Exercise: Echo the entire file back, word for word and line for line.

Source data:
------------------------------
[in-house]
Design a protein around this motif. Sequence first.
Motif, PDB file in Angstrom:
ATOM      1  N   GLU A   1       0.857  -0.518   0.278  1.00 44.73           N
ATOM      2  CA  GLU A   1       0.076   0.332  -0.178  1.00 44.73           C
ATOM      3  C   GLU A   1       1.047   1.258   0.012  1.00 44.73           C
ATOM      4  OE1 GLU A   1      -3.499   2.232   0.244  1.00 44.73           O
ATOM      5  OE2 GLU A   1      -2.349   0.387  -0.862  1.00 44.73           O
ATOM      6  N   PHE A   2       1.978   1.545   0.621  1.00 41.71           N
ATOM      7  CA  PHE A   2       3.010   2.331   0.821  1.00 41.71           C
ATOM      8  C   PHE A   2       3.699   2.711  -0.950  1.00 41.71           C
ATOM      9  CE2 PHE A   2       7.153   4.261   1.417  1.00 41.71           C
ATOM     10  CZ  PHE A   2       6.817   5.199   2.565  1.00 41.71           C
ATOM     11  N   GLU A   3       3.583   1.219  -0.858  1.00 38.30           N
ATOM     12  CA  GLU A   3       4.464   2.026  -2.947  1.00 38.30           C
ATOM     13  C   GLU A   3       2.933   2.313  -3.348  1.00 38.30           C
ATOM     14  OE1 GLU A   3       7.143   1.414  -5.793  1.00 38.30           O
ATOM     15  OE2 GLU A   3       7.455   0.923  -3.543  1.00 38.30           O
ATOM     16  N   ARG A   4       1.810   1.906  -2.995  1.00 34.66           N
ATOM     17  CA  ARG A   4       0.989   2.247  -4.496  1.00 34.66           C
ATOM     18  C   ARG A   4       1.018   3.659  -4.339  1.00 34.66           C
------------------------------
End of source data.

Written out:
[in-house]
Design a protein around this motif. Sequence first.
Motif, PDB file in Angstrom:
ATOM      1  N   GLU A   1       0.857  -0.518   0.278  1.00 44.73           N
ATOM      2  CA  GLU A   1       0.076   0.332  -0.178  1.00 44.73           C
ATOM      3  C   GLU A   1       1.047   1.258   0.012  1.00 44.73           C
ATOM      4  OE1 GLU A   1      -3.499   2.232   0.244  1.00 44.73           O
ATOM      5  OE2 GLU A   1      -2.349   0.387  -0.862  1.00 44.73           O
ATOM      6  N   PHE A   2       1.978   1.545   0.621  1.00 41.71           N
ATOM      7  CA  PHE A   2       3.010   2.331   0.821  1.00 41.71           C
ATOM      8  C   PHE A   2       3.699   2.711  -0.950  1.00 41.71           C
ATOM      9  CE2 PHE A   2       7.153   4.261   1.417  1.00 41.71           C
ATOM     10  CZ  PHE A   2       6.817   5.199   2.565  1.00 41.71           C
ATOM     11  N   GLU A   3       3.583   1.219  -0.858  1.00 38.30           N
ATOM     12  CA  GLU A   3       4.464   2.026  -2.947  1.00 38.30           C
ATOM     13  C   GLU A   3       2.933   2.313  -3.348  1.00 38.30           C
ATOM     14  OE1 GLU A   3       7.143   1.414  -5.793  1.00 38.30           O
ATOM     15  OE2 GLU A   3       7.455   0.923  -3.543  1.00 38.30           O
ATOM     16  N   ARG A   4       1.810   1.906  -2.995  1.00 34.66           N
ATOM     17  CA  ARG A   4       0.989   2.247  -4.496  1.00 34.66           C
ATOM     18  C   ARG A   4       1.018   3.659  -4.339  1.00 34.66           C